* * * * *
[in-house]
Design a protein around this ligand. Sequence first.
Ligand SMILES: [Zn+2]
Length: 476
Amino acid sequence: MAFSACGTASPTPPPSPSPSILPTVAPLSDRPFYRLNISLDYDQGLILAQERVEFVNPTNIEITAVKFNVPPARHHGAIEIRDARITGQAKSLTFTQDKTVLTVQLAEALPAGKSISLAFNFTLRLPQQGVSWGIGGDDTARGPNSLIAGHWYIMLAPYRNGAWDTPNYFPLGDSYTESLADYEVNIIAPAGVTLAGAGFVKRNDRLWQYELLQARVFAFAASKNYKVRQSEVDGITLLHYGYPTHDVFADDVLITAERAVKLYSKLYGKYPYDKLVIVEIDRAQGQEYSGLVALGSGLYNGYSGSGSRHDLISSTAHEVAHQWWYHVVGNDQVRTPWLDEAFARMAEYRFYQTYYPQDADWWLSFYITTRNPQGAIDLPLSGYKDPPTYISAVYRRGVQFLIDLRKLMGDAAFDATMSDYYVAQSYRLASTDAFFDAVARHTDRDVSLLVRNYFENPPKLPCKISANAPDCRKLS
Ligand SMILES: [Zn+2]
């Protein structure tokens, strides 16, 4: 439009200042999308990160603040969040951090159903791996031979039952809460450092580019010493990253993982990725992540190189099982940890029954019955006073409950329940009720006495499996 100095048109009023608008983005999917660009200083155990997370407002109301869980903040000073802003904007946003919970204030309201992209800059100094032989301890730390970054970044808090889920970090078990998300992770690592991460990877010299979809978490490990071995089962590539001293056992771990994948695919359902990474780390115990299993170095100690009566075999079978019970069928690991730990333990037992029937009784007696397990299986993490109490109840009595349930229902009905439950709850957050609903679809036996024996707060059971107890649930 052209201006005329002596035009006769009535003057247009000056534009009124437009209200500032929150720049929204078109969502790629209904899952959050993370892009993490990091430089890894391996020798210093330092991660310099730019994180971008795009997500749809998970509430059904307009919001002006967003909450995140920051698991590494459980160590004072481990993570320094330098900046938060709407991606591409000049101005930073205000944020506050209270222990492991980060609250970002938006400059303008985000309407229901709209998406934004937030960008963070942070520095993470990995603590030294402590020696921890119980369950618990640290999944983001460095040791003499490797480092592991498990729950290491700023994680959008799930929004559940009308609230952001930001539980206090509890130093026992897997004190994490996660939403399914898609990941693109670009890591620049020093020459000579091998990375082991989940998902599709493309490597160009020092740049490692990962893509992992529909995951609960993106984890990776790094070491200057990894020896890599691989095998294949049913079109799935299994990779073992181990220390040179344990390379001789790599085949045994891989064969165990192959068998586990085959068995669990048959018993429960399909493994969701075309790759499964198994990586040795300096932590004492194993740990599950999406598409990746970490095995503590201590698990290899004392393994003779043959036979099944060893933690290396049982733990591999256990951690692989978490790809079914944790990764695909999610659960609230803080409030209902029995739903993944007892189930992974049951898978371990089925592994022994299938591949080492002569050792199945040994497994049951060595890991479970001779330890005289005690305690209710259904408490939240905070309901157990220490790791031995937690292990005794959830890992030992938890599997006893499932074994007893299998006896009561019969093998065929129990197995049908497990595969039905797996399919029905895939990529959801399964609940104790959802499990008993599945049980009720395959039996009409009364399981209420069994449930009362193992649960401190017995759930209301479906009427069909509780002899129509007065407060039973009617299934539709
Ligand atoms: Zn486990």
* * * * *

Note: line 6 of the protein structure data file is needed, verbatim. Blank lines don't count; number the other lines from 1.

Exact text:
Ligand SMILES: [Zn+2]